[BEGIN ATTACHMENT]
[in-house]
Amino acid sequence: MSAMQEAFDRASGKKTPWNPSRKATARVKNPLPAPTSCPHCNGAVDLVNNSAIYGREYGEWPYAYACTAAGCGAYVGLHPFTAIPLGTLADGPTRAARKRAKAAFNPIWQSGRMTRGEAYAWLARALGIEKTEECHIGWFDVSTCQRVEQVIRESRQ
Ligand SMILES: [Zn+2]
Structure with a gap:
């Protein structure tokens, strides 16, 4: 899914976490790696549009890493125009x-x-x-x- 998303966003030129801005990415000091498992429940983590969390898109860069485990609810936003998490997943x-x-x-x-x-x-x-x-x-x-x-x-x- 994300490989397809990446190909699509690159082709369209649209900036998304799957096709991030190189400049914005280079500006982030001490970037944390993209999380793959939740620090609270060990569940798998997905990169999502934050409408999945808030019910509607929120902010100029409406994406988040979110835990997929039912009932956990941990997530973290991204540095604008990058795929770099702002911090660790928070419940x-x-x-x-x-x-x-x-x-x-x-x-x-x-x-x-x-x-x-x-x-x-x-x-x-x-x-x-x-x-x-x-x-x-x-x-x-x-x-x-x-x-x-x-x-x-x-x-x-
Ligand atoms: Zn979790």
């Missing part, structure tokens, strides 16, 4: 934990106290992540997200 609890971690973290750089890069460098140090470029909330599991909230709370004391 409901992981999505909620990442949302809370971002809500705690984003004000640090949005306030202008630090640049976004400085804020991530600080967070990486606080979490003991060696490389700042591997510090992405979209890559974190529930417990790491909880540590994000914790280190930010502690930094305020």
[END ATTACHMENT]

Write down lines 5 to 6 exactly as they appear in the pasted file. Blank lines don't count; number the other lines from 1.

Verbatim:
């Protein structure tokens, strides 16, 4: 899914976490790696549009890493125009x-x-x-x- 998303966003030129801005990415000091498992429940983590969390898109860069485990609810936003998490997943x-x-x-x-x-x-x-x-x-x-x-x-x- 994300490989397809990446190909699509690159082709369209649209900036998304799957096709991030190189400049914005280079500006982030001490970037944390993209999380793959939740620090609270060990569940798998997905990169999502934050409408999945808030019910509607929120902010100029409406994406988040979110835990997929039912009932956990941990997530973290991204540095604008990058795929770099702002911090660790928070419940x-x-x-x-x-x-x-x-x-x-x-x-x-x-x-x-x-x-x-x-x-x-x-x-x-x-x-x-x-x-x-x-x-x-x-x-x-x-x-x-x-x-x-x-x-x-x-x-x-
Ligand atoms: Zn979790």